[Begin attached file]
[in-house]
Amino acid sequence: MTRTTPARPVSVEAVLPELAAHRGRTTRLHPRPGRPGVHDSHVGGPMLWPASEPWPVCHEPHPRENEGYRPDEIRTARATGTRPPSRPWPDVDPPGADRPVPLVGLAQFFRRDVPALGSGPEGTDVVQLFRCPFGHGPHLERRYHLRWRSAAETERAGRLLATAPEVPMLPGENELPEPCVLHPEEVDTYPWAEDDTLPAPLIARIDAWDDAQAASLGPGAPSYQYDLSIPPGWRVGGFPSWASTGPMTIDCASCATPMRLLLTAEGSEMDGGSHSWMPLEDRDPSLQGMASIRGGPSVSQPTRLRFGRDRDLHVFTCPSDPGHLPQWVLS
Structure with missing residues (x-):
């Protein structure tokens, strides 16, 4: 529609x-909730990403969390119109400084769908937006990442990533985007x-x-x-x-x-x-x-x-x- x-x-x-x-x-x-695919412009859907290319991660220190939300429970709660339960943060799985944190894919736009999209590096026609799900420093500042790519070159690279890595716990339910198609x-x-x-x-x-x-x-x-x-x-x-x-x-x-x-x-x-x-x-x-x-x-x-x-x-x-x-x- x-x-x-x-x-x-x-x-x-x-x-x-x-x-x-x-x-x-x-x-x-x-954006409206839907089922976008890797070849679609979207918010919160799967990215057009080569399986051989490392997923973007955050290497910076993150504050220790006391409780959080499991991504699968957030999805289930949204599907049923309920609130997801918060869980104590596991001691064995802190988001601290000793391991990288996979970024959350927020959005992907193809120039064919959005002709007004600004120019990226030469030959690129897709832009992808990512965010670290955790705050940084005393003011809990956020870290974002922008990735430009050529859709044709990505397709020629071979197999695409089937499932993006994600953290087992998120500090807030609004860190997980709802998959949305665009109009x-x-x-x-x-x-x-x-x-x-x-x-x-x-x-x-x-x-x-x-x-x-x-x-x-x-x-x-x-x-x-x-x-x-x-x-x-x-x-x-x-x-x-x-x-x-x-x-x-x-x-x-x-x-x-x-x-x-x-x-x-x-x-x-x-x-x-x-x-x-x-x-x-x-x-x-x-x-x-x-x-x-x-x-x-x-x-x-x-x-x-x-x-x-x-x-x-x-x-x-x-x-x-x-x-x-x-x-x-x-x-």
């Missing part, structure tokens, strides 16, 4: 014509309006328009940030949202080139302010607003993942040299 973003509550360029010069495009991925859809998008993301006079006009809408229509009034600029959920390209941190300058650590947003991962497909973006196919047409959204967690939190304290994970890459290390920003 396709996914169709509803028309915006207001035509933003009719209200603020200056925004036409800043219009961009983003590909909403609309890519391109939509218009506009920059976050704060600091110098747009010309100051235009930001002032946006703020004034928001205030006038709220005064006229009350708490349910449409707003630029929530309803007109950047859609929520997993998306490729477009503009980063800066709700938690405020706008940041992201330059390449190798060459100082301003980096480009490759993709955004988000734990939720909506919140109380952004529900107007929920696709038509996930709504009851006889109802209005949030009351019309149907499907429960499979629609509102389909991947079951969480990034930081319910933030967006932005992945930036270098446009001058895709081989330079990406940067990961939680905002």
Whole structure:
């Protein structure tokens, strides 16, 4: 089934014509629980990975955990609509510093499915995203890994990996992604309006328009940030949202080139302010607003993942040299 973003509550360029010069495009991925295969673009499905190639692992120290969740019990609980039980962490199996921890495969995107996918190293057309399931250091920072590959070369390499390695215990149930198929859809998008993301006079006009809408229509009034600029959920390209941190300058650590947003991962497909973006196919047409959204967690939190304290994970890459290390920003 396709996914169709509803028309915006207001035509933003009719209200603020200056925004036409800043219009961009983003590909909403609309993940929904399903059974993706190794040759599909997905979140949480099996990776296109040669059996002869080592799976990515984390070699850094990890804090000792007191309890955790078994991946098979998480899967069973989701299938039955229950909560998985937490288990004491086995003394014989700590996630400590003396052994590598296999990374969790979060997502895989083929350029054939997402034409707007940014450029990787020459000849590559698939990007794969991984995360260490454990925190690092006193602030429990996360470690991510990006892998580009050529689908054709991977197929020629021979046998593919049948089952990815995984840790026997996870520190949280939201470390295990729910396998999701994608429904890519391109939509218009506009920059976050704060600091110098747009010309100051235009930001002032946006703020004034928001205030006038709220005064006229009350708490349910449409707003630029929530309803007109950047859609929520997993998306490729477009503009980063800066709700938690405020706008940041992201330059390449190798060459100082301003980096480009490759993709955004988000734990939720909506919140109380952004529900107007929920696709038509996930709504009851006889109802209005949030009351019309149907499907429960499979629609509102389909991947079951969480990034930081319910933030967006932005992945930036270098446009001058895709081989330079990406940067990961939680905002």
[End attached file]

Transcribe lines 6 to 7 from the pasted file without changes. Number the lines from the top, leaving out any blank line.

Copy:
Whole structure:
């Protein structure tokens, strides 16, 4: 089934014509629980990975955990609509510093499915995203890994990996992604309006328009940030949202080139302010607003993942040299 973003509550360029010069495009991925295969673009499905190639692992120290969740019990609980039980962490199996921890495969995107996918190293057309399931250091920072590959070369390499390695215990149930198929859809998008993301006079006009809408229509009034600029959920390209941190300058650590947003991962497909973006196919047409959204967690939190304290994970890459290390920003 396709996914169709509803028309915006207001035509933003009719209200603020200056925004036409800043219009961009983003590909909403609309993940929904399903059974993706190794040759599909997905979140949480099996990776296109040669059996002869080592799976990515984390070699850094990890804090000792007191309890955790078994991946098979998480899967069973989701299938039955229950909560998985937490288990004491086995003394014989700590996630400590003396052994590598296999990374969790979060997502895989083929350029054939997402034409707007940014450029990787020459000849590559698939990007794969991984995360260490454990925190690092006193602030429990996360470690991510990006892998580009050529689908054709991977197929020629021979046998593919049948089952990815995984840790026997996870520190949280939201470390295990729910396998999701994608429904890519391109939509218009506009920059976050704060600091110098747009010309100051235009930001002032946006703020004034928001205030006038709220005064006229009350708490349910449409707003630029929530309803007109950047859609929520997993998306490729477009503009980063800066709700938690405020706008940041992201330059390449190798060459100082301003980096480009490759993709955004988000734990939720909506919140109380952004529900107007929920696709038509996930709504009851006889109802209005949030009351019309149907499907429960499979629609509102389909991947079951969480990034930081319910933030967006932005992945930036270098446009001058895709081989330079990406940067990961939680905002």